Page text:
Creating a Performance Management System
If you want to retain skilled personnel, improve morale or place qualified and deserving persons in the right position, you must have an effective performance management system. Nothing lowers morale more than a perception of unfairness in incentives and promotions. This will certainly occur if there is no objective system in place.
Setting up a performance management system is a complex and continuous process. It is a challenging project. Some of the key activities are:
• Hiring the right people. Getting qualified employees is the starting point of the process. You must have a job description that conforms to the actual functions of the position. The job description itself must be in line with the company culture and vision and mission.
• Setting performance measures and standards. This is the most critical part of the process. There must be a clear understanding of the standards and expectations. Failing to have this done will lead to confusion as to work focus, and even potential legal problems if someone is terminated for poor performance.
• Determining the right performance appraisal method. You may apply traditional or modern methods of appraisal. The traditional style relies basically on ranking, checklist or similar simple rating methods. On the other hand, the modern method utilizes more comprehensive ways of gathering and interpreting information. Among these are essay appraisals, field reviews, critical incident appraisals, work planning and reviews, and management by objectives. While these are more accurate as more data is collected, there is the disadvantage of added cost and complexity.
• Employing the balanced scorecard. This is an excellent framework that converts a company’s vision and strategies into an integrated set of performance measures. It basically provides for a valuation of both financial and non-financial aspects that are crucial to long term growth. This is why it is called a “balanced scorecard”. It provides four perspectives: financial, customer, internal business process, and learning and growth.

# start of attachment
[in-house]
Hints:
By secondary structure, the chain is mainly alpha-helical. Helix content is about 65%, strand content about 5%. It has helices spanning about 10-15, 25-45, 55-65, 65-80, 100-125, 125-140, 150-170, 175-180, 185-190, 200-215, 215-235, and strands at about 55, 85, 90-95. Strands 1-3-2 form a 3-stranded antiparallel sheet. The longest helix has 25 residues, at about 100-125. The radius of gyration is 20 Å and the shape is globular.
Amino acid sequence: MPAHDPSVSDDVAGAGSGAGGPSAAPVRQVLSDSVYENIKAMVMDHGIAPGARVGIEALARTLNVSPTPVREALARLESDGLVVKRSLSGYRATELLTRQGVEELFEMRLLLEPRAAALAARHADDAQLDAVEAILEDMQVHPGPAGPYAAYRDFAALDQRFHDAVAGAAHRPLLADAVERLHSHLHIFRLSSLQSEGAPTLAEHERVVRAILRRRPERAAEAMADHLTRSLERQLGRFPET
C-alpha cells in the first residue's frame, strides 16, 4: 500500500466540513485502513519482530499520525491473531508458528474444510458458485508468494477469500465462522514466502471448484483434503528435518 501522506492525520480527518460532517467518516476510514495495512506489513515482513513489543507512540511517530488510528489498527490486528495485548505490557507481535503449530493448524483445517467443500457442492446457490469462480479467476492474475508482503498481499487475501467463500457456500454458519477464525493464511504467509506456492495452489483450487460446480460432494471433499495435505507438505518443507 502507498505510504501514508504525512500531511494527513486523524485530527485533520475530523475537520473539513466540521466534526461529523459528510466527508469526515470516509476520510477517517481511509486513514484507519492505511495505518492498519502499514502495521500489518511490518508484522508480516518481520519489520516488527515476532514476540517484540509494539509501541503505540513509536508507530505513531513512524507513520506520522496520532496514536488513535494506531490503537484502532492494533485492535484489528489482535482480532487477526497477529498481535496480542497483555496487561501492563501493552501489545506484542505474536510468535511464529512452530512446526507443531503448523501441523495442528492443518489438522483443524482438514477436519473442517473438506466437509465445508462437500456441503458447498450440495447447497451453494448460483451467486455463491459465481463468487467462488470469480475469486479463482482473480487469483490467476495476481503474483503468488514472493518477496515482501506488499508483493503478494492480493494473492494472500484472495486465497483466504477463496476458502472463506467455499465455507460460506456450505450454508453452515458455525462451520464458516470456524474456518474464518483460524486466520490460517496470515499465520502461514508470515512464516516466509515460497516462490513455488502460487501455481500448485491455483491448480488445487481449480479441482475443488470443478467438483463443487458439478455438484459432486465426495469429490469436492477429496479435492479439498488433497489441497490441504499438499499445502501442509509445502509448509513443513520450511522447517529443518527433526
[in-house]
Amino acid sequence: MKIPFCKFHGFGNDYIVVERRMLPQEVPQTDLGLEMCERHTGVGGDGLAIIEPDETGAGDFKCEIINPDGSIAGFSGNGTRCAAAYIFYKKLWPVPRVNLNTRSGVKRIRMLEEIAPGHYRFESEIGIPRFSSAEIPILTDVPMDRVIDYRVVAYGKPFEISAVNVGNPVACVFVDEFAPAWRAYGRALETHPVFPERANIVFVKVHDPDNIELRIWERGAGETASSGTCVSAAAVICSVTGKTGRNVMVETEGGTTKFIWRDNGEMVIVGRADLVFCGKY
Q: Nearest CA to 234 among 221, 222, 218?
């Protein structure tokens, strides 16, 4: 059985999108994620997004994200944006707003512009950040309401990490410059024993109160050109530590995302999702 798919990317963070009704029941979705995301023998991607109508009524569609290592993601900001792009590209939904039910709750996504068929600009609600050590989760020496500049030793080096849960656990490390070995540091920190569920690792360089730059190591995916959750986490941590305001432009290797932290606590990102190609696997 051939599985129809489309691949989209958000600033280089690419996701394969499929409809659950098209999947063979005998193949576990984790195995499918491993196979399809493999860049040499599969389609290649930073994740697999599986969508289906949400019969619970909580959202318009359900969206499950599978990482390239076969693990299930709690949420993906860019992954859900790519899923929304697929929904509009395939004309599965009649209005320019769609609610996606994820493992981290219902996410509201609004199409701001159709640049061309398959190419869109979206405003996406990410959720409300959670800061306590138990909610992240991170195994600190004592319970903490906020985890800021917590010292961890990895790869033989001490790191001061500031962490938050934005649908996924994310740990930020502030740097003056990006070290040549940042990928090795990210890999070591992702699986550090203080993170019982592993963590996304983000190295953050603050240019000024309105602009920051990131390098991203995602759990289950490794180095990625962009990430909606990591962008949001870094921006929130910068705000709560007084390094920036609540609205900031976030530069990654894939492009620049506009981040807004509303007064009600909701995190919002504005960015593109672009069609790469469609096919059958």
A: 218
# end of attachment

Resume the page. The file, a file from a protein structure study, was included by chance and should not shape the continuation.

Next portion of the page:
• Training for evaluators. A performance evaluation is just as effective as how correctly the evaluator-in-charge fills up the form. Very frequently they are just given forms with very little training on how to go about the process. Since this task is critical there must be sufficient training for evaluators in order for them to perform their function properly.
• Using performance coaching. To hasten the learning process, it is essential to do performance coaching. Coaching is more personal and usually done one-on-one on the job.
• Obtaining employee feedback. To find out how effective the process is, there needs to be a way of getting accurate feedback from the affected employees. This may be difficult if there is a conflict of interest.
• Structuring incentives for good performance. This covers a broad area. Incentives may range from promotions and pay raises, to just tokens of appreciation like a plaque. For those in sales jobs, this is easier to quantity, but for other functions, the process of selecting the metrics is much more difficult.
• Training for improvement. Your performance may be the envy of the industry, but competitors are not standing still and so you must invest in training your manpower to learn new skills and increase their value.
Setting up a performance management system is not a simple task. It is recommended that those planning to implement the system get more information on the subject.
BusinessCoach, Inc., a leading business seminar provider, conducts seminars on Performance Management Systems. You may contact them at 727-5628/727-8860/0915-205-0133, or visit their website www.businesscoachphil.com for details.
Click here to view details of the seminar: Performance Management System »
*Originally published by the Manila Bulletin. Written by Ruben Anlacan, Jr. (President, BusinessCoach, Inc.) All rights reserved. May not be reproduced or copied without express written permission of the copyright holders.